Mrs. Doubtfire

Directed By: Chris Columbus

Starring: Robin Williams, Sally Field, Lisa Jakub, Matthew Lawrence, Mara Wilson, Pierce Brosnan, and Harvey Fierstein

"They should have a little disclaimer that says ‘Do Not Operate Heavy Machinery While Watching This Show’.  Incredible.  This guy used to put me to sleep when I was a kid.  Amazing.  He has the warmth of a snow pea.  He makes Mister Rogers look like Mick Jagger."
-Daniel Hillard (Robin Williams)

At this point in cinema, I'd argue that we've passed the fad of male comedians sporting fat suits to produce box office gold.  It's the sort of stuff that now lives up to the quote above.  It's safe to say that Martin Lawrence has retired Big Momma, at least we all can hope.  I'm certain we won't see Eddie Murphy as Professor Klump ever again.  However, I was never more surprised at Hollywood’s sequel machine than when I heard that there was going to be a Mrs. Doubtfire 2.  Unlike Lawrence and Murphy, Robin Williams never gave into temptation to bring everyone's favorite rockin', sockin' granny back to the big screen.  Some two decades later, there's no reason to expect him to do so either.  Clearly, we were all wrong.  While I doubt the sequel will capture the movie magic of its predecessor, we'll always have the original.

Daniel Hillard (Williams) is a broke, jobless voice actor, but he loves his wife Miranda (Sally Field) and their three children Lydia (Lisa Jakub), Chris (Matthew Lawrence), and Natalie (Mara Wilson).  When Daniel throws a raucous birthday party for Chris that involves wild animals, loud music, and dancing on top of furniture, he finds out just how much Miranda loves him.  She throws him out of the house and files for divorce.  During the legal proceedings, the judge grants Miranda full custody of their children.  After all, Daniel is still unemployed, and his tiny little apartment in San Francisco is hardly suitable for three youngsters.  Daniel, however, can't settle for this.

Settling into his new life, Daniel has visitation rights with the kids on weekends.  Through these infrequent interactions, he learns that Miranda is looking to hire a nanny.  Sabotaging her recruitment efforts, Daniel turns to his gay brother Frank (Harvey Fierstein) who just happens to be a professional make-up artist.  Frank and his partner help Daniel to transform into a tough old granny named Mrs. Euphegenia Doubtfire, the perfect nanny for Miranda and Daniel's kids.  Passing as unrecognizable to his ex-wife and children, Daniel is hired as the nanny.  While he gets to see his kids five days a week in make-up and a granny suit, he tries to put his real life back together again so that he can actually get custody of them.  To do that, he must convince the court liaison Mrs. Sellner (Anne Haney) that he's made significant strides in creating a healthy environment in which his children can live.  He also have to get over his issues with Miranda's rich new boyfriend Stuart (Pierce Brosnan).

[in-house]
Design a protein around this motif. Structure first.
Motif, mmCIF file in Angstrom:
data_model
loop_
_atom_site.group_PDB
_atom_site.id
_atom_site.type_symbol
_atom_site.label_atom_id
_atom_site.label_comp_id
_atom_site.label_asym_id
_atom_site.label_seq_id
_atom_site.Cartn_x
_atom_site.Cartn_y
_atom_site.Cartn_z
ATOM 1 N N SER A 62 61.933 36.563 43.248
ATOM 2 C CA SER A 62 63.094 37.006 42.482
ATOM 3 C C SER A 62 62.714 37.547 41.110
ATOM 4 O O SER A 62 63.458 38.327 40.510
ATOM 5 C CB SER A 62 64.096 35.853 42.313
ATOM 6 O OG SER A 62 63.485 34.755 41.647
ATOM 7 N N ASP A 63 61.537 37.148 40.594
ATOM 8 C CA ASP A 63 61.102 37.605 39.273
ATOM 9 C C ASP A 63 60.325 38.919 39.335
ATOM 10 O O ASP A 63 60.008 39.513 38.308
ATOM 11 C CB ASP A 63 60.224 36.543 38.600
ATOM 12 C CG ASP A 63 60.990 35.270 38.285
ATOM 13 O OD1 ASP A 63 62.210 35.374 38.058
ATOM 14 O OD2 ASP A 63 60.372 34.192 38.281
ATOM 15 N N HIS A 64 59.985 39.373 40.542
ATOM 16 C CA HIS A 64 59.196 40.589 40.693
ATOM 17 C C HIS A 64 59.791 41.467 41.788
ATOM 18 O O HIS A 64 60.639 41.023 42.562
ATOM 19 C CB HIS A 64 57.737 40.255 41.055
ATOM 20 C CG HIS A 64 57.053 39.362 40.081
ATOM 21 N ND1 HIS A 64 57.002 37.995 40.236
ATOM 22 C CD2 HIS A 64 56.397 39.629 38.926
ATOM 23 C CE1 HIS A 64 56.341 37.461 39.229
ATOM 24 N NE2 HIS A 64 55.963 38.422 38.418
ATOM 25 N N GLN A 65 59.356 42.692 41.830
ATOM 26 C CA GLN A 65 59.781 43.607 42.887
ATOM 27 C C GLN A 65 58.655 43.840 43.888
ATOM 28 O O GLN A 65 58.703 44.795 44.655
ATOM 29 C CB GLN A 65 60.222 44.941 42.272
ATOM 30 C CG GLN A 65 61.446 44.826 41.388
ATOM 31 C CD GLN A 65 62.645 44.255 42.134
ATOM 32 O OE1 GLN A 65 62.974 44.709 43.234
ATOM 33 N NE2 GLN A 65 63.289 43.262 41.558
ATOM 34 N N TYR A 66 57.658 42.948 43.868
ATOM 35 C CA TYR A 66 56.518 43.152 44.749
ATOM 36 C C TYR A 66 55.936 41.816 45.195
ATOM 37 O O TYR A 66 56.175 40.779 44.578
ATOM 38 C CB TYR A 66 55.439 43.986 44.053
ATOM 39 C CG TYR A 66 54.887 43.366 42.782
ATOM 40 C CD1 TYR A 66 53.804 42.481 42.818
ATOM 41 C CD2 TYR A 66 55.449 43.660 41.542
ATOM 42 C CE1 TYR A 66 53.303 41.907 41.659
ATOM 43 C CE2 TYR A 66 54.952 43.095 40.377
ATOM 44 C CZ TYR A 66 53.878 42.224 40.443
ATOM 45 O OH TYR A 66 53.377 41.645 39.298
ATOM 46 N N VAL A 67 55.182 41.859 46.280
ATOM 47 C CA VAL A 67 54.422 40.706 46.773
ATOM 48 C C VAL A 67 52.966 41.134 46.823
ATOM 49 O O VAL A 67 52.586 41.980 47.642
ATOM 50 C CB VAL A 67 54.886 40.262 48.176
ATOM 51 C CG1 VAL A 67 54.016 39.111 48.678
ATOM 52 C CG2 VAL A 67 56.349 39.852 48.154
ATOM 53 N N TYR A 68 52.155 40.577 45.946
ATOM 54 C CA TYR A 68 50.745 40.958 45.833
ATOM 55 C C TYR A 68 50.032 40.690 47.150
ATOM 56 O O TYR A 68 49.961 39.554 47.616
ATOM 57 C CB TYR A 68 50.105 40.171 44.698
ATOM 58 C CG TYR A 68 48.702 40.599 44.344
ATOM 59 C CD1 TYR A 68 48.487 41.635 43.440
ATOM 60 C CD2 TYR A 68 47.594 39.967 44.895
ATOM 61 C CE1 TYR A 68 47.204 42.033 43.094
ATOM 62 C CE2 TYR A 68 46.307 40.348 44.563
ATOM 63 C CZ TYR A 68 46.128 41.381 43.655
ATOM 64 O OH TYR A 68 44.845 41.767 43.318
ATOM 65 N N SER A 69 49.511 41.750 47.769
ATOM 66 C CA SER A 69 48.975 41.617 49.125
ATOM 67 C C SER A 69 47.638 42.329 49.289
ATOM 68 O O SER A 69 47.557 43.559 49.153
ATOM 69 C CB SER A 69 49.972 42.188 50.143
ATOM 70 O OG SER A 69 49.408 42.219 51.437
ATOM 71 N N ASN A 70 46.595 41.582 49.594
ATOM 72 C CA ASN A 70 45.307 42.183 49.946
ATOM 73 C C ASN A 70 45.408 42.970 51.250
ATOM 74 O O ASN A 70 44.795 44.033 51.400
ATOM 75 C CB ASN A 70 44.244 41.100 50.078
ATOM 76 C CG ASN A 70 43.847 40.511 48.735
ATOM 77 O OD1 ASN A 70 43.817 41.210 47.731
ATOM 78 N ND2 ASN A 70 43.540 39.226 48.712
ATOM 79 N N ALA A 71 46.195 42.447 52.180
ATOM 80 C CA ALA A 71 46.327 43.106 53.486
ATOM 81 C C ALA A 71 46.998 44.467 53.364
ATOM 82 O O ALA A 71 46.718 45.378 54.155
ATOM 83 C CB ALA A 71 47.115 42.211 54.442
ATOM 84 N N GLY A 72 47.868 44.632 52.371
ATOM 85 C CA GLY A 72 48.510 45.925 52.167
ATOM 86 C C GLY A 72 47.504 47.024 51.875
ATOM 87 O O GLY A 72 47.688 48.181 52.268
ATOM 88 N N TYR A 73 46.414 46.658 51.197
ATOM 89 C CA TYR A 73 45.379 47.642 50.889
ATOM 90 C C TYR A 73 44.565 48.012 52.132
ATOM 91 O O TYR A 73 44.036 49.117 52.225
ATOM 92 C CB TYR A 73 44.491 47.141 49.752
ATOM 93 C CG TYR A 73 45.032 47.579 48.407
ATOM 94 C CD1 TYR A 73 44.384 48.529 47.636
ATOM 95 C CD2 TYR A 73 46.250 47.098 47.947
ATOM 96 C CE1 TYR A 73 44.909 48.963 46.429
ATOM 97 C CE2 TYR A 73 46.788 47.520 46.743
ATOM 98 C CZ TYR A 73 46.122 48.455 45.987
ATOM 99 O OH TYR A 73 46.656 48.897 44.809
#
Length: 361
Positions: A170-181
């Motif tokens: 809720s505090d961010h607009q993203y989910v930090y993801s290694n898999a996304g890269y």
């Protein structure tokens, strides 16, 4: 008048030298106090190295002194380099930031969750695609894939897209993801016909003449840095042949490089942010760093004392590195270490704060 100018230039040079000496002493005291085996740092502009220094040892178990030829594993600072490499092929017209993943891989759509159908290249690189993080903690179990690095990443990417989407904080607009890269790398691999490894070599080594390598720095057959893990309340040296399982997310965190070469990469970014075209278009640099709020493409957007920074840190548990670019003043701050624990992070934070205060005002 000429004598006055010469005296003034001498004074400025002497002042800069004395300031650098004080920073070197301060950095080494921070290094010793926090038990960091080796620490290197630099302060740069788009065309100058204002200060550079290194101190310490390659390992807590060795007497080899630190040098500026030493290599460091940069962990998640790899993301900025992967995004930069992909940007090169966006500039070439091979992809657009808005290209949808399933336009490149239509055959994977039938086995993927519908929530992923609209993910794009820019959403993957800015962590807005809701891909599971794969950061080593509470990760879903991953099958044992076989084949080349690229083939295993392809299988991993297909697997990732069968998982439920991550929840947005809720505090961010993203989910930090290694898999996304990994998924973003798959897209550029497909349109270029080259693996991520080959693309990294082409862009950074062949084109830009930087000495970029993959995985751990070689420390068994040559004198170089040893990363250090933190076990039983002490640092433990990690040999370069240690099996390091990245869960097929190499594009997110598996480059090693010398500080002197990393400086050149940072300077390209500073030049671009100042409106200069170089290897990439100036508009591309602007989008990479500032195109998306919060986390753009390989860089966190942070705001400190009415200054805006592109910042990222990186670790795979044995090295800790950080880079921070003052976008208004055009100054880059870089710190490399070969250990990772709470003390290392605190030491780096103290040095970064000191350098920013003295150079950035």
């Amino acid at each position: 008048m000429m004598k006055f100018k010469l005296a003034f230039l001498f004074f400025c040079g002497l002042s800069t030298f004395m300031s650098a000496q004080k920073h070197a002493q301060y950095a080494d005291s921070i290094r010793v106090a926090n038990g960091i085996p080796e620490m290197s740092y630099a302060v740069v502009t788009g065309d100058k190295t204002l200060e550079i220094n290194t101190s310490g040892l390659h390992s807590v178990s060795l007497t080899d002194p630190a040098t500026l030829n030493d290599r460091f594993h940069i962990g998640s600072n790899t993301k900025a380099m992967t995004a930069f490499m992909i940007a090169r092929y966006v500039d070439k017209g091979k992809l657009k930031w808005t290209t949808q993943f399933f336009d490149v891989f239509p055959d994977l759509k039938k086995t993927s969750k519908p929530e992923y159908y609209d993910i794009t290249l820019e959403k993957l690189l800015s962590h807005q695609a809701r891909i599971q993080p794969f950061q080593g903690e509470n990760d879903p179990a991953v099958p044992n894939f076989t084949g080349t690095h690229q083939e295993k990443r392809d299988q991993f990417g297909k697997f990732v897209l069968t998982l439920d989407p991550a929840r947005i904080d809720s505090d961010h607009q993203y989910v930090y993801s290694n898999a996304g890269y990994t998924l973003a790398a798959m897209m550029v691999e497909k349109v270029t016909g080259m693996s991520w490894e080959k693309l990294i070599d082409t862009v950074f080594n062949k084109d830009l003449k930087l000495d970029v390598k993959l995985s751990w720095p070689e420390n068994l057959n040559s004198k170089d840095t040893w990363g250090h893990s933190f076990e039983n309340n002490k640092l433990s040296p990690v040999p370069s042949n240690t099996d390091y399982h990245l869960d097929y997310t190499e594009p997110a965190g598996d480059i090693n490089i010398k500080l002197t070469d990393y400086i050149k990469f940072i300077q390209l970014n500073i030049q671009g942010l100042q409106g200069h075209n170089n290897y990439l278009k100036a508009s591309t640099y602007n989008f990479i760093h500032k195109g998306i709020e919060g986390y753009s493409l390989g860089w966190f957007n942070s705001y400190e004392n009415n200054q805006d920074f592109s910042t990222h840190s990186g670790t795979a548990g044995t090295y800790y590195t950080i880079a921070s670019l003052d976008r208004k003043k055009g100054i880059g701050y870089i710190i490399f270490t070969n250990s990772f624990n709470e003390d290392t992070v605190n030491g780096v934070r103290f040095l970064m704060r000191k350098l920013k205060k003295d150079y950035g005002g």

Mrs. Doubtfire is undoubtedly one of my favorite childhood movies.  With Robin Williams and his talented supporting cast at the top of their game comically, a premise that was far more novel at the time (though one can make thematic comparisons to older films like Some Like It Hot), and fun, clever direction from Chris Columbus, this wholesome film hits the spot.  It's a zestful movie full of colorful characters in great comedic situations.  It's also a film with quite a bit of heart.  Chris Columbus deftly crafts hilarious popcorn fare and a good-natured family film that doesn't miss a beat.

Robin Williams is the heart and soul of this film.  He's a caring father and an even funnier voice actor.  With a heartfelt performance that connects, Williams offers one of the great movie dads of the 90's.  Though a broke bum the majority of the film who doesn't provide for his family financially, Williams epitomizes what it means to be a loving, involved father who has a strong relationship with his kids.  More importantly, Williams is at the height of his comedic powers as the rockin' old granny.  As Daniel, he’s silly, zany, and over the top.  As Mrs. Doubtfire, however, he offers a lot more witty humor.  In a fat suit, Williams impressively highlights his versatility as a comedian.

The supporting cast is firing on all cylinders as well.  As Daniel's wife Miranda, Sally Field has the task of playing the straight arrow of the movie.  In this role, she offers a smooth, no-nonsense taskmaster and a fitting antithesis to Williams's crazy character.  For his part as Stu Dunmire, Pierce Brosnan channels his inner 007 and offers a charming, charismatic pretty boy who unknowingly ruffles Daniel's feathers throughout the film.  Lastly, we have Anne Haney as the court liaison Mrs. Sellner.  In one of her few but memorable performances, this character actress delivers plenty of witty humor that does not go unnoticed in her limited time on screen.

The production value of Mrs. Doubtfire is second to none.  The make-up and costume artists do an incredible job bringing Robin Williams feminine side to light.  Williams indeed looks like a real granny when he's suited up.  Additionally, I'd be remiss if I didn't mention the quality soundtrack Howard Shore puts together in the movie.  With iconic tunes from the likes of James Brown ("Papa's Got a Brand New Bag"), Frank Sinatra ("Luck Be a Lady"), and Aerosmith ("Dude (Looks Like a Lady)") emanating from the film, Shore adds selections that definitely resonate in a film like Mrs. Doubtfire.

Mrs. Doubtfire gets a 0.03% rating.  Have some wine coolers with this one.